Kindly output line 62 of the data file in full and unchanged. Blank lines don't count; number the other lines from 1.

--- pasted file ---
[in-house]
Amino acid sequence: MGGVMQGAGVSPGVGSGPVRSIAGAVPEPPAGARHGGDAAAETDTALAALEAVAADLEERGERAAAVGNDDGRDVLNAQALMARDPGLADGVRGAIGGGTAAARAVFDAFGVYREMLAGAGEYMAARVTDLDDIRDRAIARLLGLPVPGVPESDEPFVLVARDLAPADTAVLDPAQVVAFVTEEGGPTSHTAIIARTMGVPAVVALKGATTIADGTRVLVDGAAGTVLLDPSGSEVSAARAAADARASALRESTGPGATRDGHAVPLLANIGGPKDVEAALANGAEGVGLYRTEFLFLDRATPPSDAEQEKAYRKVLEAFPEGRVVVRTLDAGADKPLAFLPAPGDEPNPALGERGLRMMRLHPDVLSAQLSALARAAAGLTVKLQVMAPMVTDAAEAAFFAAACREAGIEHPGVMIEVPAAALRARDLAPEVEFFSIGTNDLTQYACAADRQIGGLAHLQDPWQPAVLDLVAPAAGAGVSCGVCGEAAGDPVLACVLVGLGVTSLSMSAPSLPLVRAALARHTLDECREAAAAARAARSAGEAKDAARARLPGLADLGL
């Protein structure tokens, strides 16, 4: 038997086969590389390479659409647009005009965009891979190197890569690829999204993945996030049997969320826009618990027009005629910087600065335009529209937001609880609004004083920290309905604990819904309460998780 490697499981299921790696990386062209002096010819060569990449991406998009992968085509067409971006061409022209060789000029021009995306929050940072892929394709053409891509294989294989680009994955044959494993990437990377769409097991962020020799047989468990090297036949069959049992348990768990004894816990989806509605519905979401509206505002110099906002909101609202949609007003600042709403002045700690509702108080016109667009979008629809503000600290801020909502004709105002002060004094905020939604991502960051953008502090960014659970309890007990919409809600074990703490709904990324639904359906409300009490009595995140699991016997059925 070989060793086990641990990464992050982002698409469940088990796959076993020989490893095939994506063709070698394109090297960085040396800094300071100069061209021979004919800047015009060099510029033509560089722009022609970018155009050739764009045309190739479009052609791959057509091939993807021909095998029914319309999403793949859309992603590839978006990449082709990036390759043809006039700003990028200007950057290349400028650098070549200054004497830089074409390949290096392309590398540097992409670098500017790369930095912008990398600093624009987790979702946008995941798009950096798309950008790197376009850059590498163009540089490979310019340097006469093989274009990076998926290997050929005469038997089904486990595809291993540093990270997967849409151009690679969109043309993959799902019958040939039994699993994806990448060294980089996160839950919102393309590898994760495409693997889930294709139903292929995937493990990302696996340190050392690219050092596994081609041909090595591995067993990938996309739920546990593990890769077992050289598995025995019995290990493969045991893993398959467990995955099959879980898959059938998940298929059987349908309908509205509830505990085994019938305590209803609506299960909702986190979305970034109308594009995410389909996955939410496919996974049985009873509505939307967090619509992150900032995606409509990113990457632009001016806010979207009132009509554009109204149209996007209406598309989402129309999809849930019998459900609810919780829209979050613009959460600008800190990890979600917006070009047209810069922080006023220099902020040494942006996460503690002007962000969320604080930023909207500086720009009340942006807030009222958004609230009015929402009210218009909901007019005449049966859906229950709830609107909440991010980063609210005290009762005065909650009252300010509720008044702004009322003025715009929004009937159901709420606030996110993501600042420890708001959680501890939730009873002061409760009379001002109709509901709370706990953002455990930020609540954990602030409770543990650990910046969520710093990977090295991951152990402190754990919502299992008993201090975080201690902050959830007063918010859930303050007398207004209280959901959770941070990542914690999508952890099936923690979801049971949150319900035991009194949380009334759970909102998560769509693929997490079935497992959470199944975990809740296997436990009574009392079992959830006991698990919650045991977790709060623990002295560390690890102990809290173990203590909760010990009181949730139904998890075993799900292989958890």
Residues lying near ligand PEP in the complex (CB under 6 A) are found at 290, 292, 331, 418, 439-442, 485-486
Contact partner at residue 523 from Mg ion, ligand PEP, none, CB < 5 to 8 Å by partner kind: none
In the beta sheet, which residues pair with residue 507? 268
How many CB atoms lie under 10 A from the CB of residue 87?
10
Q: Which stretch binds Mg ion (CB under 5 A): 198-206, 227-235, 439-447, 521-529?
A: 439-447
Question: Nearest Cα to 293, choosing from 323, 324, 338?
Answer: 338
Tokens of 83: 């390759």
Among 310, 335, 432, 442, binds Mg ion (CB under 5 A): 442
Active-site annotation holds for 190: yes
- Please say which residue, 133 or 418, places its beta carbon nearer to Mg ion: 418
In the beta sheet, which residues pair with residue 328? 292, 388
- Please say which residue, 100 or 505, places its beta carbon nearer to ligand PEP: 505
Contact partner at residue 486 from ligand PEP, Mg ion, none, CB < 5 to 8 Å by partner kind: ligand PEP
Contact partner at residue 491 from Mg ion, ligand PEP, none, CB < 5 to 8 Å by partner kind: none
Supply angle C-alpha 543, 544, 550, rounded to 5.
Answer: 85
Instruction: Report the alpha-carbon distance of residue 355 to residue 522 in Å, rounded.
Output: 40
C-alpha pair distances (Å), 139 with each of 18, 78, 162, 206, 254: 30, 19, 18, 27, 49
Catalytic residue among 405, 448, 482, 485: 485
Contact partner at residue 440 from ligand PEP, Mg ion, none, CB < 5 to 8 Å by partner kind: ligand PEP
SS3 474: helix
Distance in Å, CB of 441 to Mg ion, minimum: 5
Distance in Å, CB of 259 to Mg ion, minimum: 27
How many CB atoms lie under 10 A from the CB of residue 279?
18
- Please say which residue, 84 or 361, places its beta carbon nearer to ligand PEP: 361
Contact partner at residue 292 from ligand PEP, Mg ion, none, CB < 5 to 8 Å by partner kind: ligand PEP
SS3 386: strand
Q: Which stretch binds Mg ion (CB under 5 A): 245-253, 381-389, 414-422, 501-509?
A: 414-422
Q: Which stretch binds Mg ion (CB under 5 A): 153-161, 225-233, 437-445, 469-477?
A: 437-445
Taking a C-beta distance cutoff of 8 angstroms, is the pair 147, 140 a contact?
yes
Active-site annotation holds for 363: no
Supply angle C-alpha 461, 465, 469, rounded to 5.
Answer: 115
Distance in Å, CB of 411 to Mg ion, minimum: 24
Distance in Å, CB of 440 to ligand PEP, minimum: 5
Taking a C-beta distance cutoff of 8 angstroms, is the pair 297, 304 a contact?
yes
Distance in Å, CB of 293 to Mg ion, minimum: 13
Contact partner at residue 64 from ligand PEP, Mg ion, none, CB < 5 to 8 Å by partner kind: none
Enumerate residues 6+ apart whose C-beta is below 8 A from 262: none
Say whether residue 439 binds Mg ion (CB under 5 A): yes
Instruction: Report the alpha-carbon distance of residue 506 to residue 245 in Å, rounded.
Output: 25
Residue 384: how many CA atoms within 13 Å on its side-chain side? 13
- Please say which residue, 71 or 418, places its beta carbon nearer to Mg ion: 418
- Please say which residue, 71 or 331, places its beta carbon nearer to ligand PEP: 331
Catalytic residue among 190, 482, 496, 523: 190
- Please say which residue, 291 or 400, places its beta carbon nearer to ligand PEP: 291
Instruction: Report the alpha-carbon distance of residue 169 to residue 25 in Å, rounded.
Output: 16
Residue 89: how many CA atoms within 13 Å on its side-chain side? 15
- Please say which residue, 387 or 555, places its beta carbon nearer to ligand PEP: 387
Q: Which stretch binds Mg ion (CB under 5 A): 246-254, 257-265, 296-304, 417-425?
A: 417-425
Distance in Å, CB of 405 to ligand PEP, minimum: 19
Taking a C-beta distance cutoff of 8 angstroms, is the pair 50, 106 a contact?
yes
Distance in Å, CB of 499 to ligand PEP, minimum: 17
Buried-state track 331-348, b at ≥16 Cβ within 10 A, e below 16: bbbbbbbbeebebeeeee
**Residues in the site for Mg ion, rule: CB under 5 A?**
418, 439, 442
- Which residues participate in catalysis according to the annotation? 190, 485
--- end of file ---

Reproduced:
Residue 89: how many CA atoms within 13 Å on its side-chain side? 15